The full term is "prova all'italiana". There are numerous references to this online; nearly all of them linked with the German (almost) equivalent "sitzprobe". It is easy to understand the meaning of the German phrase, it is literally a "seated-rehearsal",
where the singers sing with the orchestra, focusing attention on integrating the two groups. It is often the first rehearsal where the orchestra and singers rehearse together.
Crucially this same Wikipedia article continues,
The equivalent Italian term is prova all'italiana.
(Usually I would be sceptical about trusting Wikipedia, but there are numerous other sources of this same information, for instance here and here.)
The Italian term is one of several which use the word "prova" (literally meaning "test") to refer to a rehearsal. For instance, there is also the "prova generale" which refers to a final dress-rehearsal. In German there is the "wandelprobe", where the singers go through the motions of acting their parts while the orchestra plays, and the "generalprobe", again a final dress rehearsal. (See this source.)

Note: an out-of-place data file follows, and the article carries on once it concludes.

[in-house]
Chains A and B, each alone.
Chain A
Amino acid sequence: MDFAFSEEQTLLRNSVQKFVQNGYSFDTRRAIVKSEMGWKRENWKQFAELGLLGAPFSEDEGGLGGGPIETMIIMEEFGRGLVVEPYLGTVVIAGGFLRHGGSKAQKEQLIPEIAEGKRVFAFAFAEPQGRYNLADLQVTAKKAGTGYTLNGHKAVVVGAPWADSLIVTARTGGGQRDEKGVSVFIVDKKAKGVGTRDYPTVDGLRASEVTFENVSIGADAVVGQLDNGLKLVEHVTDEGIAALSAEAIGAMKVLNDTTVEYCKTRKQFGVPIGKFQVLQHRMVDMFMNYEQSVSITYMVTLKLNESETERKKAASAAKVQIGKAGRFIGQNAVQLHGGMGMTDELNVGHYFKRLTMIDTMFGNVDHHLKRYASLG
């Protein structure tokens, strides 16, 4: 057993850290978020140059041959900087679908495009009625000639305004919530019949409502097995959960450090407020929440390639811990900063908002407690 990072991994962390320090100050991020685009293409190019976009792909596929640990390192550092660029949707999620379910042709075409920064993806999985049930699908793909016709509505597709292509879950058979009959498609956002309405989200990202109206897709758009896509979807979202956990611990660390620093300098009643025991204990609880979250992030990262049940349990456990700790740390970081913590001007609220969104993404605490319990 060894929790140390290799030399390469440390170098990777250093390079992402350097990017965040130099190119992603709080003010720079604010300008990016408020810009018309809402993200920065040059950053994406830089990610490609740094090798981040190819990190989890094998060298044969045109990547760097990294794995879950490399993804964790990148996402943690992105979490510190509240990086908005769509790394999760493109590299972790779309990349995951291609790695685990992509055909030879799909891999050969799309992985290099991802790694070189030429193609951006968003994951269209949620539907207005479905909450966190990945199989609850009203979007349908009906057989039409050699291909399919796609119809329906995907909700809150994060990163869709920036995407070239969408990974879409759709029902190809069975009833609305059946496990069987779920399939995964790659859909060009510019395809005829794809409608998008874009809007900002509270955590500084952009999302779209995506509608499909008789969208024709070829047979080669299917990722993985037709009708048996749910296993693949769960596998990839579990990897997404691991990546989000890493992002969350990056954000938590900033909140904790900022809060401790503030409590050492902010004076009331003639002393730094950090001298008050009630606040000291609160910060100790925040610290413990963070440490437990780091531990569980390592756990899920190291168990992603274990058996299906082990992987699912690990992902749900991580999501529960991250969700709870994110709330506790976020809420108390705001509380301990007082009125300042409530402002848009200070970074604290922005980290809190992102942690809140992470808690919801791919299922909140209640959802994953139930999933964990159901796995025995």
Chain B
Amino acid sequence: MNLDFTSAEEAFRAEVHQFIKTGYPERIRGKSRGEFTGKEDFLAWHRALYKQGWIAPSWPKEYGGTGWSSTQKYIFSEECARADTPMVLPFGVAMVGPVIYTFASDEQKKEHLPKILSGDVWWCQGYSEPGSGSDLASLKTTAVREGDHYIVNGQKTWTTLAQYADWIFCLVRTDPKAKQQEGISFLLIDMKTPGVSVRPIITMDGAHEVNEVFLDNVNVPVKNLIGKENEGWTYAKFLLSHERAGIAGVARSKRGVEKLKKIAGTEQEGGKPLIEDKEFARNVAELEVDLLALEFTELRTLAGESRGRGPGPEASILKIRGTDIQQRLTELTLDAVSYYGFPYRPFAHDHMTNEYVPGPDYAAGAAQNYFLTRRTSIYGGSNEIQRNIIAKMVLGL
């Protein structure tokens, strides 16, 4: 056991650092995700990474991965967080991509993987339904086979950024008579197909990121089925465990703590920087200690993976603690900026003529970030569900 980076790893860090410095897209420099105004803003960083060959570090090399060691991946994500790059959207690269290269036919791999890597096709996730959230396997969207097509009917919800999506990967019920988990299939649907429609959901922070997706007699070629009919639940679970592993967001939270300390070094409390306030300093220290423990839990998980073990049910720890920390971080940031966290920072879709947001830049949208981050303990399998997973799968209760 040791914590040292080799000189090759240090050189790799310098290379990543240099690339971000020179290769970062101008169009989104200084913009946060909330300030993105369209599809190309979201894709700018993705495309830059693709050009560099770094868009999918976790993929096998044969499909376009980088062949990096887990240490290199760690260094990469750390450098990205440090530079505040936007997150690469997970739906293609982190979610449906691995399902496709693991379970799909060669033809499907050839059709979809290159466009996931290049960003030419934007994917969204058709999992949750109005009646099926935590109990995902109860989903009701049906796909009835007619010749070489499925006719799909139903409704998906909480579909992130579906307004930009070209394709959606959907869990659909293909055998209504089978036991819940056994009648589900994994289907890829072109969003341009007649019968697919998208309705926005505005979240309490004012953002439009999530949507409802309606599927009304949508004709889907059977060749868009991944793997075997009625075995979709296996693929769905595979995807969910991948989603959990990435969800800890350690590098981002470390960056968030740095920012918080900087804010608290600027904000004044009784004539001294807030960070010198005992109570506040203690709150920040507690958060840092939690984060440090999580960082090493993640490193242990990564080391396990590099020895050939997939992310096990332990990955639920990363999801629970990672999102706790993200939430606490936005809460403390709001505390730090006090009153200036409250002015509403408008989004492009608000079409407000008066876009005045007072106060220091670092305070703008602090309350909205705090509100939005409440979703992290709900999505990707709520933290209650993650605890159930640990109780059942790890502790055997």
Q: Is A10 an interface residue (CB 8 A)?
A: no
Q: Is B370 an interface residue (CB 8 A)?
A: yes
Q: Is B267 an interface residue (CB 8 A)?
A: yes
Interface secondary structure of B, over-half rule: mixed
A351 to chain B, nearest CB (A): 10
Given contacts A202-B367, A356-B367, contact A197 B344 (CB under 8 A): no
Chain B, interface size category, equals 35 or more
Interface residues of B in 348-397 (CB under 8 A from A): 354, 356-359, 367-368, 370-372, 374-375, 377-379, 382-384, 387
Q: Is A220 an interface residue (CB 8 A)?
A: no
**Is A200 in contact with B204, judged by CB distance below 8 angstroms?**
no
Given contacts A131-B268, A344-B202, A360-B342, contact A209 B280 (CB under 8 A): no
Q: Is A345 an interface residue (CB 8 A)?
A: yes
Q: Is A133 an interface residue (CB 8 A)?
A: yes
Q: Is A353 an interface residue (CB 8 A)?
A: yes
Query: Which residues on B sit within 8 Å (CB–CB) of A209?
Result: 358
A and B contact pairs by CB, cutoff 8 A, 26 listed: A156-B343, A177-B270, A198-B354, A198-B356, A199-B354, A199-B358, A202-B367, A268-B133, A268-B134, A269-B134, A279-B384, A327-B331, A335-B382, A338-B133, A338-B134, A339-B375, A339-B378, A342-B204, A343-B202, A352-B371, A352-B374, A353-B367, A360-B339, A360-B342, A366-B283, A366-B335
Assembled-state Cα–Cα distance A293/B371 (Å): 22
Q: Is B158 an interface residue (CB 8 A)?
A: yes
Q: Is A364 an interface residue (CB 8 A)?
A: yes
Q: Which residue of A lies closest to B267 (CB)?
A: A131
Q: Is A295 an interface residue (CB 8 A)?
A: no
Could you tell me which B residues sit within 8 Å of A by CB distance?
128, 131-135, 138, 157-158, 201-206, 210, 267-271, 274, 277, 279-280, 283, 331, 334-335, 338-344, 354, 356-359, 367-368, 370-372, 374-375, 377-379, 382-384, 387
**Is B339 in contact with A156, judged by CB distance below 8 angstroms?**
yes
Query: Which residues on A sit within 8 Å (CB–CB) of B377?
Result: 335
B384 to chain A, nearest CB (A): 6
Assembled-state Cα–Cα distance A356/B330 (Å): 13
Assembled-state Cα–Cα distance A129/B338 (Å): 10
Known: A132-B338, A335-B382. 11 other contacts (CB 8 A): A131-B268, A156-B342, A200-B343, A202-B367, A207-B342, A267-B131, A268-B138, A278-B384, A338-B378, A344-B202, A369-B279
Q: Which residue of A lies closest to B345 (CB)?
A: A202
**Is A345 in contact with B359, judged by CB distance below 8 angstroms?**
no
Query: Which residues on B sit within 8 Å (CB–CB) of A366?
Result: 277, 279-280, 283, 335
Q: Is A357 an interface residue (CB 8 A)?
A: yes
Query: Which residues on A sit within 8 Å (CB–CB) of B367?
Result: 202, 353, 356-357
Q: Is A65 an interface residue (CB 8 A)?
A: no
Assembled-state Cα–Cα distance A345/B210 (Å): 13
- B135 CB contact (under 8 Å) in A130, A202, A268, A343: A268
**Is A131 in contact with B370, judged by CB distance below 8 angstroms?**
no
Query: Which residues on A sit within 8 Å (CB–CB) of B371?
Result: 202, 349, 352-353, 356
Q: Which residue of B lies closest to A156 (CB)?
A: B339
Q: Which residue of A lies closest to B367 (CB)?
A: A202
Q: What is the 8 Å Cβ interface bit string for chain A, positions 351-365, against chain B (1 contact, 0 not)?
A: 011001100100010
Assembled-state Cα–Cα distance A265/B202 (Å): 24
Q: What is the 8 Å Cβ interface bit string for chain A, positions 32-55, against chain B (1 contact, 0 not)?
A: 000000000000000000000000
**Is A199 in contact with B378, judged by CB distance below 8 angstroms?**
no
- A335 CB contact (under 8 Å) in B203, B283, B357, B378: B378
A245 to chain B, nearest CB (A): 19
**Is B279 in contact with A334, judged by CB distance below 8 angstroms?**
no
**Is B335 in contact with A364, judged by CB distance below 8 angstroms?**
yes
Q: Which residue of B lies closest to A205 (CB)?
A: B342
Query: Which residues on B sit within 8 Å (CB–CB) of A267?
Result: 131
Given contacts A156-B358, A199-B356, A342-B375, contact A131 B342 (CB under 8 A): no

Which is all very interesting, but hasn't really answered your central question! Why is this called a "rehearsal-in-the-Italian-style"? This light-hearted article muses on the same question, initially feigning ignorance about the term "sitzprobe", but then acknowledging its meaning, before genuinely being unable to give a reasonable explanation of the term "prova all'italiana", instead resorting to suggesting that it sounds,
as though it should mean to test everything in Italian, but obviously doesn't.
So, why this term? After a couple of hours of internet searches, and even reading some books, I couldn't find you a definitive answer. But it seems that this kind of performance or rehearsal is referred to by a lot of people as a "prova all'italiana", a "rehearsal-in-the-Italian-style", or I prefer the way this guy refers to it,
rehearsal Italian style.